With Mastery Bridge, A Minneapolis Music Man Makes Good

“Everybody has some kind of solution to deal with the ridiculous bridge design” of the Jazzmaster guitar, Nels Cline said. “If you want to actually play it, you’re going to have to get a different bridge.”

Some call him a guitar whisperer. Others, a musical genius. But to most, he’s known simply as Woody.

“My mother’s family was musical. I always had guitars around me growing up,” said John Woodland, 41, of Minneapolis. “I got my first guitar when I was 4.”

That early exposure spawned a lifetime centered on music. In his early 20s, Woodland established his reputation as a guitar repairman, catching the attention of performers such as Wilco, Sean Lennon and Sonic Youth.

In the past five years, Woodland has shifted his mindset from simply fixing guitars, to making parts that help them function better.

Thurston Moore. Photo by Zoran Orlic

Artists like Bill Frisell, Elvis Costello, Queens of the Stone Age and Thurston Moore use Woodland’s Mastery Bridge.

Sean Lennon’s guitar. “Woody is a guitar whisperer. He can take the wildest, most feral instrument you own and have it purring like a kitten in no time,” Lennon said. “Regarding the Mastery Bridge, no Jazzmaster should be without one. If guitar playing were an Olympic sport, the Mastery would be a controlled substance. Musicians who used one would have an unfair advantage.” Photo by John Woodland

In 2008 he released his own bridge design to support the strings on Jazzmaster and Jaguar guitars. Fast forward five years and Woodland’s expanded upon his original Mastery Bridge to offer six unique bridge designs, all made in Minneapolis.

For musicians who’ve entrusted their guitars to Woodland, the luthier’s extensive background is enough to make them jump on board with this project.

“It seemed pretty obvious that he had a depth of knowledge about the industry that I’d never really encountered,” said Jeff Tweedy, Wilco’s front man. “He’s replaced bridges on guitars that worked, but with the understanding that they would work better. He’s been right.”

Woodland dreamt up the original Mastery Bridge during his 10-year stint at Willie’s American Guitars, the legendary shop in St. Paul.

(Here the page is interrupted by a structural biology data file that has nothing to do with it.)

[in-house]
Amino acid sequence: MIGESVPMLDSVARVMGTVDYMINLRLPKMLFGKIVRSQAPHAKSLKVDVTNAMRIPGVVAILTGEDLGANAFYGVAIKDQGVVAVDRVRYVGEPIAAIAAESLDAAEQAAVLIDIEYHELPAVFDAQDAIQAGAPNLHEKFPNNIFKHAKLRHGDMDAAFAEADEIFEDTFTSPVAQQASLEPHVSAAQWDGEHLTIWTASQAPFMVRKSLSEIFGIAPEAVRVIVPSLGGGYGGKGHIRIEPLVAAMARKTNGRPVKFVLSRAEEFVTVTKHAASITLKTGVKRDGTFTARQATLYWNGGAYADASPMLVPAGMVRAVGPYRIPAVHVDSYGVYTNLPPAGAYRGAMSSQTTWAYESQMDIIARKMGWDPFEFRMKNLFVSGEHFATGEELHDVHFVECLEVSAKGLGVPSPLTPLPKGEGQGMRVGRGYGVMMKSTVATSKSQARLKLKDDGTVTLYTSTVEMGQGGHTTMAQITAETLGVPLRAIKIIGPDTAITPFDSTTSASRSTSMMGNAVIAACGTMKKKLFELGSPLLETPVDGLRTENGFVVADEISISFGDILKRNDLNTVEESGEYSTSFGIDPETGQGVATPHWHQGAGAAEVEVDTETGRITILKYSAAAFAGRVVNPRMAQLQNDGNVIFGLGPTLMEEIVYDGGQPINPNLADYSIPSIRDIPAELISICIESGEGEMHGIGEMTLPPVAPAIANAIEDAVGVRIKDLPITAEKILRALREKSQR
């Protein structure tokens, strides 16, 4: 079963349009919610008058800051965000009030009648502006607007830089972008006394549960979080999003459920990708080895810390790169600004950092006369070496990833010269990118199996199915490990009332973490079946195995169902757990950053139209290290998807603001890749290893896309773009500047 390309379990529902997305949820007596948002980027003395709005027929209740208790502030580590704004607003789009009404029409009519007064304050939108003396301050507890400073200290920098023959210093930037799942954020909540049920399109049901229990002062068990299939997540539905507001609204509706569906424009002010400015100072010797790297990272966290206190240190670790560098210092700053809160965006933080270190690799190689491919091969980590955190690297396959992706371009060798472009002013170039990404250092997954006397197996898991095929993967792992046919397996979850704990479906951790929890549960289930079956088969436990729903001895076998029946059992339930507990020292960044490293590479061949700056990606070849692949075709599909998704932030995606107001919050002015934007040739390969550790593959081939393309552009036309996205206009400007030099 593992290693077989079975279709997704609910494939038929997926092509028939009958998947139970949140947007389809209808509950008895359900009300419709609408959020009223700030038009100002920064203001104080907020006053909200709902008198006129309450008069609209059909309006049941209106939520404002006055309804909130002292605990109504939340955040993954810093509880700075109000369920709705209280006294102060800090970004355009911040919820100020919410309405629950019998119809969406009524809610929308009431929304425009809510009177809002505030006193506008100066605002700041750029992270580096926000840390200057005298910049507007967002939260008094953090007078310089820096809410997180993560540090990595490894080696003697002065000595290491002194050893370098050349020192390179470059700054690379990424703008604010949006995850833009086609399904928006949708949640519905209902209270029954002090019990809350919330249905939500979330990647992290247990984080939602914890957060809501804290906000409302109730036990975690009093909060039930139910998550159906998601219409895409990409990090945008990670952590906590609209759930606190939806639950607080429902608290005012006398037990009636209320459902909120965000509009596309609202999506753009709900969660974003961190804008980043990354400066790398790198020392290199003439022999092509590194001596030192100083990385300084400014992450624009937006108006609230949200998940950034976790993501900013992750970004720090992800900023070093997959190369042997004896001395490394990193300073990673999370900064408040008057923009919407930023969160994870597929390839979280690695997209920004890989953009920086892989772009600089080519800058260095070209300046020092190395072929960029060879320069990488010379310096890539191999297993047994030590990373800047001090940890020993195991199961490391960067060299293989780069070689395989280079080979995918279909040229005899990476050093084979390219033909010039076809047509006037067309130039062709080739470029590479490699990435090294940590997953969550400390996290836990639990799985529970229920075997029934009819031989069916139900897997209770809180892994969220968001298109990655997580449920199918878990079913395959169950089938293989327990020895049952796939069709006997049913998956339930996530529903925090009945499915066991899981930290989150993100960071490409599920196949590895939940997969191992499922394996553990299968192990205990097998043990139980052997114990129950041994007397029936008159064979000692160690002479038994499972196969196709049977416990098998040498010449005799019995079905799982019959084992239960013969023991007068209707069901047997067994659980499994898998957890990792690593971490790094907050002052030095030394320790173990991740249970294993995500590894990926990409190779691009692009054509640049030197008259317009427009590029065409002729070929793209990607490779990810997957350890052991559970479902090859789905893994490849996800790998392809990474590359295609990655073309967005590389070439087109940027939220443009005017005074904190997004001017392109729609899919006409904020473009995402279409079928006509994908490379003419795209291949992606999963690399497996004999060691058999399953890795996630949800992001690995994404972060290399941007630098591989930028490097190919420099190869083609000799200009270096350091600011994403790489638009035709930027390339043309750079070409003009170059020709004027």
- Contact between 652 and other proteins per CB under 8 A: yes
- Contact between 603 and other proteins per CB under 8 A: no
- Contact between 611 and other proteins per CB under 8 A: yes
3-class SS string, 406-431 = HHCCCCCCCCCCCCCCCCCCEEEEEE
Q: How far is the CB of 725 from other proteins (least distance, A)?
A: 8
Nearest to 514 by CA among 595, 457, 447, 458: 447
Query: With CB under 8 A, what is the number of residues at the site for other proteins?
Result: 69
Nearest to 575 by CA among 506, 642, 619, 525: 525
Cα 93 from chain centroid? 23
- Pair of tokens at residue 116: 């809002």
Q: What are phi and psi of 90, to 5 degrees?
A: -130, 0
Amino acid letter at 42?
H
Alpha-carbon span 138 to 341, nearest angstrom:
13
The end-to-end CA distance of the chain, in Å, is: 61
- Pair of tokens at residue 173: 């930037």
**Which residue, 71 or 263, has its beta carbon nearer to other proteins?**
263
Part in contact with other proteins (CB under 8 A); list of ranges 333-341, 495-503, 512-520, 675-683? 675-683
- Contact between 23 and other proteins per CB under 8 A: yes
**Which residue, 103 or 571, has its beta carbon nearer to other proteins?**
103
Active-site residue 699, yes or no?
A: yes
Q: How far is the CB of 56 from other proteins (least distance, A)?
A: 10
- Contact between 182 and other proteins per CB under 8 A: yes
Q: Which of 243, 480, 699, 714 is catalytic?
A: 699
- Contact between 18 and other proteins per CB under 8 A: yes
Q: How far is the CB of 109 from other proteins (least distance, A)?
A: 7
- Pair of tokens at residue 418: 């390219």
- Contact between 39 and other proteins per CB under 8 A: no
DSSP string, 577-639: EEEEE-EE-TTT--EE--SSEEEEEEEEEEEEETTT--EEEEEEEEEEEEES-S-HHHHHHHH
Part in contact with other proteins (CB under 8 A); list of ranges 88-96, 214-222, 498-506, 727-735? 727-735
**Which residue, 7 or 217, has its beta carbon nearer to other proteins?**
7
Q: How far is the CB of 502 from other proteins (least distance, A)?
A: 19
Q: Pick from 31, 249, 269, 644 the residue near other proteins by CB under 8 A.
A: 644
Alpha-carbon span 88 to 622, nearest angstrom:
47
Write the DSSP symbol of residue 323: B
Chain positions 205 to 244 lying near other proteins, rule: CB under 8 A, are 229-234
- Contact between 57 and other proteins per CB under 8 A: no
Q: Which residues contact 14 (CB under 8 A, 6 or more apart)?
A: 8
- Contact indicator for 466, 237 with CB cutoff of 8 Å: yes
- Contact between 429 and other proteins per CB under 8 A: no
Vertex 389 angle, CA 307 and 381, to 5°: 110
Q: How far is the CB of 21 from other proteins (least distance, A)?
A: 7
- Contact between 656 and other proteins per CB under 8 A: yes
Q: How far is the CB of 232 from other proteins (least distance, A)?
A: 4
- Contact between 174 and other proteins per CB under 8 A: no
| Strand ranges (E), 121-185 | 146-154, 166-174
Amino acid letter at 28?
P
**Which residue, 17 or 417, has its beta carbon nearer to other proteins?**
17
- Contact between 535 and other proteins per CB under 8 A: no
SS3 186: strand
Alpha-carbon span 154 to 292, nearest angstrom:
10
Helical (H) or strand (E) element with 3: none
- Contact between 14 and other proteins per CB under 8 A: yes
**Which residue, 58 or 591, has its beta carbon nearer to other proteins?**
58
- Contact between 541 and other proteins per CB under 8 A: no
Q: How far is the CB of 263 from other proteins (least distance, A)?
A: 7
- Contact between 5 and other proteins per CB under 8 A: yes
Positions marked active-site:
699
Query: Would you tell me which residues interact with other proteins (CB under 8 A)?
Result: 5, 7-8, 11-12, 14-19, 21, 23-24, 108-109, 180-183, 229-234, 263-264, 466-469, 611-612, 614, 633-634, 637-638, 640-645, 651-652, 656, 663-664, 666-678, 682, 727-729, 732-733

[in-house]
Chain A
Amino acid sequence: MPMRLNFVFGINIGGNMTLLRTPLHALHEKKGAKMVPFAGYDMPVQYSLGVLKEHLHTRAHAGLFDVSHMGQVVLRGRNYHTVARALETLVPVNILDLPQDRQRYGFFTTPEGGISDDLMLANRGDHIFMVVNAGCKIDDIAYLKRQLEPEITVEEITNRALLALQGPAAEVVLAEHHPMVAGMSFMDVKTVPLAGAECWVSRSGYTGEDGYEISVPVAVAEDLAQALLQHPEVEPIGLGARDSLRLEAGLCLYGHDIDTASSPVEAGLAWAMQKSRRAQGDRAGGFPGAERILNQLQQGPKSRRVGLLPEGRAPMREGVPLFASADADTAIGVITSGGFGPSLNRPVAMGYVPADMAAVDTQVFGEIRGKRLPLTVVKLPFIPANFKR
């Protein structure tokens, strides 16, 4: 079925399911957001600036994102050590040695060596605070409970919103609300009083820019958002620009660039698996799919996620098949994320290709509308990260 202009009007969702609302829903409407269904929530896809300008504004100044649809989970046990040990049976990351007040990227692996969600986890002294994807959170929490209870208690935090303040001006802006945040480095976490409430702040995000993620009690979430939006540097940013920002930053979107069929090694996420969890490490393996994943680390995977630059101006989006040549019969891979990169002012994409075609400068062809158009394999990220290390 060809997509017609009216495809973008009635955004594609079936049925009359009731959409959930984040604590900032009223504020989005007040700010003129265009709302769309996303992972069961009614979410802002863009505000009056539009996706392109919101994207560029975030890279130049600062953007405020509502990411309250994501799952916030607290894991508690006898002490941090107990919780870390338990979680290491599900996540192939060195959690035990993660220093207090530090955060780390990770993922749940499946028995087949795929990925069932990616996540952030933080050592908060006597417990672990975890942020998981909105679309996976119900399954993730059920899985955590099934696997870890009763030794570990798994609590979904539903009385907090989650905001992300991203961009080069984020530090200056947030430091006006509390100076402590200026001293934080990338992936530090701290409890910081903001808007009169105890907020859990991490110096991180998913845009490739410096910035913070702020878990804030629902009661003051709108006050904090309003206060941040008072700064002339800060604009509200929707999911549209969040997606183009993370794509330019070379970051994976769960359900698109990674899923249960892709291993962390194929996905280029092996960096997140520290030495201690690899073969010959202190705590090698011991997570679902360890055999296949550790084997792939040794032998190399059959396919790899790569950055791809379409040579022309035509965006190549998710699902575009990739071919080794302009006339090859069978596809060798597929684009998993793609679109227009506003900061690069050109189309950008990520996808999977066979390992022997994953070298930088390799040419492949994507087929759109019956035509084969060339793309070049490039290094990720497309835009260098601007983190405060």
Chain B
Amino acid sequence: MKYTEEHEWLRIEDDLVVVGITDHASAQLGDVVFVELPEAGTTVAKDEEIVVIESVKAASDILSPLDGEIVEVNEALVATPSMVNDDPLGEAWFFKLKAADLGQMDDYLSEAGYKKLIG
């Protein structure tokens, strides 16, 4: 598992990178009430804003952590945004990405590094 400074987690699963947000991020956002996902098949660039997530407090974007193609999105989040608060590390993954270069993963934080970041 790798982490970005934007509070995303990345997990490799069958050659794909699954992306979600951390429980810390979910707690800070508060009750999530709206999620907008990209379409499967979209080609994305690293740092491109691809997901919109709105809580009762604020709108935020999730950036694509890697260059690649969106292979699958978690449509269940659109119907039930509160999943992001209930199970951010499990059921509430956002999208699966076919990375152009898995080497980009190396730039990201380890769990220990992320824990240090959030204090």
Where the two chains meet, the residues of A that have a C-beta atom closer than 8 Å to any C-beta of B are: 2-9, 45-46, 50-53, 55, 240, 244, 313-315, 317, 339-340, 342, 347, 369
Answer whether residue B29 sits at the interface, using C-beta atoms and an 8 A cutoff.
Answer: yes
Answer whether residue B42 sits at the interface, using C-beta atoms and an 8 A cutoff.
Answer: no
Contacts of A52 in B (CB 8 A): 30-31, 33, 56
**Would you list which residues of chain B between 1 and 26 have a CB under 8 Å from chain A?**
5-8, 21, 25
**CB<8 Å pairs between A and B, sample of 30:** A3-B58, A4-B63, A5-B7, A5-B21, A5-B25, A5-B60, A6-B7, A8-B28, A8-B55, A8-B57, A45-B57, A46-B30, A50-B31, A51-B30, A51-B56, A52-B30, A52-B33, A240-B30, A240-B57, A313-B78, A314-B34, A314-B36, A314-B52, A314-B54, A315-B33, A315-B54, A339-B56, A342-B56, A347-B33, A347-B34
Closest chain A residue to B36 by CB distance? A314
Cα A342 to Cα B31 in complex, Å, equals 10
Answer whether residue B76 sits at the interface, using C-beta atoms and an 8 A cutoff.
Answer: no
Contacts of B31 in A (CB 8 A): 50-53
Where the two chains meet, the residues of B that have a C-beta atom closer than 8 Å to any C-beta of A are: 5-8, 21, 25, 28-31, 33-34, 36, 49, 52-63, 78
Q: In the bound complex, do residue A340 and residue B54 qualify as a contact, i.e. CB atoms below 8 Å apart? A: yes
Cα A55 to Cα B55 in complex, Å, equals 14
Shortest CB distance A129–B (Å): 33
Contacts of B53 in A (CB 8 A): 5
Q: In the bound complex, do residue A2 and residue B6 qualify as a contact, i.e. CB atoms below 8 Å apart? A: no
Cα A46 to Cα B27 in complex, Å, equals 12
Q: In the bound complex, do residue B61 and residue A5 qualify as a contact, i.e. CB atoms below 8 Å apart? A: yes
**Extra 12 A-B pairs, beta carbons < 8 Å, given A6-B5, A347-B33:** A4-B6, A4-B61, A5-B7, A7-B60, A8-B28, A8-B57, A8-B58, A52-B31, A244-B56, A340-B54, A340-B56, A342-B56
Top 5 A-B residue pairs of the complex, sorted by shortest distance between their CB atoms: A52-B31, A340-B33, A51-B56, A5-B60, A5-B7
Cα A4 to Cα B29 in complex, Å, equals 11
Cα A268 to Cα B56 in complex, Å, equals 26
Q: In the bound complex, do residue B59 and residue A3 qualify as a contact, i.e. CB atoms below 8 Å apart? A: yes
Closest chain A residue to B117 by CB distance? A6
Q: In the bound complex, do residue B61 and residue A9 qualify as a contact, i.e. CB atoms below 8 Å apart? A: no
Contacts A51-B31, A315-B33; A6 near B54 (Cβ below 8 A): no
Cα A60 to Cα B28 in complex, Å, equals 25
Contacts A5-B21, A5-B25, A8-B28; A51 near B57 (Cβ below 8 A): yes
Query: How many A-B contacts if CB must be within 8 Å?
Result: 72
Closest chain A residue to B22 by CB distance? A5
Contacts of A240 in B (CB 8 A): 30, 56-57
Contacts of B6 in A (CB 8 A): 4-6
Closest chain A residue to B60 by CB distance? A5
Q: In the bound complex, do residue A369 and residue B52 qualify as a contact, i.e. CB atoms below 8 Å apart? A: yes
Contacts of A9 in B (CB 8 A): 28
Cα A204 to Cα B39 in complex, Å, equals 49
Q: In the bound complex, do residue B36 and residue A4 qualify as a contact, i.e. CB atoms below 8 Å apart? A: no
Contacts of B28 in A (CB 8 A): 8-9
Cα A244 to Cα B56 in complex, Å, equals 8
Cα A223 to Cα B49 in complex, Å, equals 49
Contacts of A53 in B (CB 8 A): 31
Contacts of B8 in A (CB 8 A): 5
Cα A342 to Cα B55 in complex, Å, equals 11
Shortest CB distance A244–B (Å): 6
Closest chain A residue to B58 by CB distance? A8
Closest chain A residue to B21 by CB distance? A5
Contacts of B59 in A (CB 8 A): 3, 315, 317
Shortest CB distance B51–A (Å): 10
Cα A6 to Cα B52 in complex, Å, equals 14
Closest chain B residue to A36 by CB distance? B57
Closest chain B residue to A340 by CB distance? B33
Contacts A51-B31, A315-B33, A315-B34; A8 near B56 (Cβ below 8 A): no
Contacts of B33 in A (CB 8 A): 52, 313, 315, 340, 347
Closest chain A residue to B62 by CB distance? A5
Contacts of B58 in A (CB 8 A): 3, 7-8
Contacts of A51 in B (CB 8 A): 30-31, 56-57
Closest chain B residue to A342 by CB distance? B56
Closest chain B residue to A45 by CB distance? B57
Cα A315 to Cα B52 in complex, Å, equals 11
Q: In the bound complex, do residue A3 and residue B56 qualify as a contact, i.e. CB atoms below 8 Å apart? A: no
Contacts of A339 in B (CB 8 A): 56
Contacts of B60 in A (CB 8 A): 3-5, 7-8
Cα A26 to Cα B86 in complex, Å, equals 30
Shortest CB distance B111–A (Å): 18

[It’s] really about taking every element away from the design until it works and is adjustable to do a lot of things. I want as few parts on the guitar as possible.”
John Woodland

The design was an answer to a problem that plagued Jazzmaster and Jaguars guitars: how do you get the strings to stop slipping out of the bridge?

“I needed to make a guitar bridge that could be thrown across the stage, beat on for four hours and sweated on without rusting,” Woodland said. “I needed something that I could send Wilco out with that wouldn’t fail for them.”

He couldn’t find anything that fit the bill, so he made his own—a two-saddled bridge made of metal, with four adjustable intonation screws.

“It’s about function and form, and bringing those two things together,” said Woodland, who’s studied designers such as Frank Lloyd Wright. “[It’s] really about taking every element away from the design until it works and is adjustable to do a lot of things. I want as few parts on a guitar as possible.”

Woodland at the Nashville Country Music Hall of Fame with the guitar Paul Bigsby made for Merle Travis in 1948. This guitar is considered the first modern electric guitar ever made, and Woody is the only person to take it apart since Bigsby first built it. Photo by Andy Babiuk

Mastery Bridge

Woodland estimates he’s repaired more than 15,000 guitars since he started in his 20s.

His love of Jazzmaster guitars and drive to make them playable won him a fast friend in Nels Cline, who played a Jaguar until he got a Jazzmaster in the mid-’90s.

“There were just little practical considerations that were overlooked in classic design that he solved,” said Wilco guitarist, Nels Cline. “I think it’s just a thing where Woody’s looking from years of experience at problems that weren’t going away, and solving them with simple design ideas.”

The adjustments on Woodland’s design helped Cline improve his sound. When you’re rocking out in front of thousands of people, you don’t want to be worrying that your guitar might let you down, Woodland said.

“The guitar bridge is a very important part of the guitar. It needs to perform under a lot of stress,” Woodland said. “I want a better user experience is what it comes down to. I [don’t] want them to be concerned with something as simple as their hardware.”

Woodland originally created the Mastery Bridge for his clients, such as Nels Cline. But it was Cline who convinced him to bring his product to a wider market. “I made it so apparent to him that he was solving a problem,” Cline said. “When he came up with this solution for people like me, I knew that other people would be interested in trying it.” Photo by Zoran Orlic.